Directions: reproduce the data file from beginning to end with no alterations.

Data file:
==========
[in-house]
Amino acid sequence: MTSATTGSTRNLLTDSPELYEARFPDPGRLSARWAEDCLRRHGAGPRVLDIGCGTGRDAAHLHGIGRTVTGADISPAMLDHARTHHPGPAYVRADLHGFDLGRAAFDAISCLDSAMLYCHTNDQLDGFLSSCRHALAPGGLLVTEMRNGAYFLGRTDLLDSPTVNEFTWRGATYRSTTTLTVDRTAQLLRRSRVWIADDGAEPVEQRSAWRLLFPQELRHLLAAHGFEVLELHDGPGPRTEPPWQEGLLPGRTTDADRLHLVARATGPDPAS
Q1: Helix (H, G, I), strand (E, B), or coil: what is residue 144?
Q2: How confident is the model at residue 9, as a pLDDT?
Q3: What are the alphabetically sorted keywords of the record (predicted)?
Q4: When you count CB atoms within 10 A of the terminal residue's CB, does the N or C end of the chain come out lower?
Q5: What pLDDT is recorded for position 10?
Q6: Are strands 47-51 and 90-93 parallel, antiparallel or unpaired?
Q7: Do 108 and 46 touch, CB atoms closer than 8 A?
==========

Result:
[in-house]
Amino acid sequence: MTSATTGSTRNLLTDSPELYEARFPDPGRLSARWAEDCLRRHGAGPRVLDIGCGTGRDAAHLHGIGRTVTGADISPAMLDHARTHHPGPAYVRADLHGFDLGRAAFDAISCLDSAMLYCHTNDQLDGFLSSCRHALAPGGLLVTEMRNGAYFLGRTDLLDSPTVNEFTWRGATYRSTTTLTVDRTAQLLRRSRVWIADDGAEPVEQRSAWRLLFPQELRHLLAAHGFEVLELHDGPGPRTEPPWQEGLLPGRTTDADRLHLVARATGPDPAS
Q1: Helix (H, G, I), strand (E, B), or coil: what is residue 144?
Q2: How confident is the model at residue 9, as a pLDDT?
Q3: What are the alphabetically sorted keywords of the record (predicted)?
Q4: When you count CB atoms within 10 A of the terminal residue's CB, does the N or C end of the chain come out lower?
Q5: What pLDDT is recorded for position 10?
Q6: Are strands 47-51 and 90-93 parallel, antiparallel or unpaired?
Q7: Do 108 and 46 touch, CB atoms closer than 8 A?